10.11.16 (Tishri 9, 5777) The story is told that once a farmer traveled to attend Yom Kippur services but got lost in the woods. As sunset approached, the man was tempted to despair, but he remembered that true service to God is marked by joy and faith, regardless of the present circumstances. He decided, then, to turn his eyes toward heaven. 'Dear God,' he said. 'I have never learned to pray like others have. I have no prayer book, and I am unable to attend a Yom Kippur service... All I really know is the Hebrew aleph-bet. I will recite the letters for You, and You put them together to make the proper words." He then began reciting 'Aleph, Bet, Gimmel, Dalet...' He did this over and over again, full of faith. Later he made his way out of the woods and explained what happened to a sage, who reassured him that above all God prefers sincerity of the heart.
I relate this story to encourage those of you who - for any number of reasons - are unable to attend a Messianic Yom Kippur service or a church service that recognizes the significance of this holy day... God sees your heart and knows all about you. Rejoice that your atonement is complete in Yeshua, then, and ask God to make "words" from the simple groaning of your spirit... "Jesus loves me this I know, for the Bible tells me so..." Out of the mouths of babies God ordains strength (Psalm 8:2). Shalom.
Transformed by Love...
10.11.16 (Tishri 9, 5777) How do we change? How are we made new? Is it through self-effort? making resolutions? changing our diet or wardrobe? going into counselling? joining a "religion"? Or do we change by the miracle of God's compassionate intervention in our lives? When Yeshua invites us to turn and come to Him, he wants us to awaken to something so valuable that we would be willing to give up everything in the world to take hold of it (Matt. 13:45-46). True spiritual transformation is not just about leaving your sin behind you (as good as that is), but is rather about discovering the glory of true and infinite life. It's about being the beloved. May the Lord help us see...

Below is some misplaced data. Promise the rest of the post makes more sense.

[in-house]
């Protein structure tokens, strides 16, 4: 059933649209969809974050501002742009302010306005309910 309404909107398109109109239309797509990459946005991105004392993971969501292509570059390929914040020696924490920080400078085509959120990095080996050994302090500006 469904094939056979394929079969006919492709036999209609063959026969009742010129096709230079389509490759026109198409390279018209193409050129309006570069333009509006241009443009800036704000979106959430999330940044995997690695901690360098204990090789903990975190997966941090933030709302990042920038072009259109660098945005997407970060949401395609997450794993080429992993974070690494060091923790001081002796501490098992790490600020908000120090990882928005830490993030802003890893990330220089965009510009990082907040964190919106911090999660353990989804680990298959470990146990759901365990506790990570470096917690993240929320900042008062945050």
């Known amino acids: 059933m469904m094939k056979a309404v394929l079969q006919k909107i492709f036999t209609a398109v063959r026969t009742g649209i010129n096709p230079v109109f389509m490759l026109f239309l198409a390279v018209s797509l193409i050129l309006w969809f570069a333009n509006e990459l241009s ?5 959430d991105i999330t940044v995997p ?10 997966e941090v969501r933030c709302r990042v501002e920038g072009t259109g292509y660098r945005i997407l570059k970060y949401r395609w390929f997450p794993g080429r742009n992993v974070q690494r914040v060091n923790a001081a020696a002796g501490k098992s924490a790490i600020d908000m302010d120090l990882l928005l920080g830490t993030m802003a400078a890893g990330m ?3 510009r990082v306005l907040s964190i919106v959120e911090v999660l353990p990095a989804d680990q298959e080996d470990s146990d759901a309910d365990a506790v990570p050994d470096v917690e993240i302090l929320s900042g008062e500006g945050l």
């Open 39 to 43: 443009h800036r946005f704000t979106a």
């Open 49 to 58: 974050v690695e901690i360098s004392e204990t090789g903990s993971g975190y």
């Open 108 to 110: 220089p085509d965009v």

God's love sees the hidden beauty, worth, and value of your life. "Again, the kingdom of heaven is like a merchant in search of fine pearls, who, on finding one pearl of great value, went and sold all that he had and bought it" (Matt. 13:45-46). You may be tempted to identify with the merchant and regard this parable as a challenge to give up everything to obtain the surpassing worth of the kingdom of heaven, but another way to understand it is to see God as the Merchant, the central character of the story.... Instead of you paying the great price for the pearl, turn the story around: God pays the price - and you are regarded as His choice pearl! You are a treasured possession, the "apple of God's eye..."
We are changed by the power of unconditional love, but this means that we must allow ourselves to be loved without attempting to earn it (Rom. 4). If we are willing to receive love only if we regard ourselves as worthy or deserving of it, then we will reinforce the illusion that love can be bought, explained, or owed to us based on our merit.
Have you discovered the glory and wonder of God's unconditional love, despite the many sins and the shame of your life? Do you know "in your gut" that his love means no longer having to defend or explain yourself? God's love enables you to quit hiding what you really are from Him; you can give up the pretense of being something you're not. When you turn to the Lord in the transparency of your brokenness, weakness, and neediness, you will find Him there, accepting you for who you really are...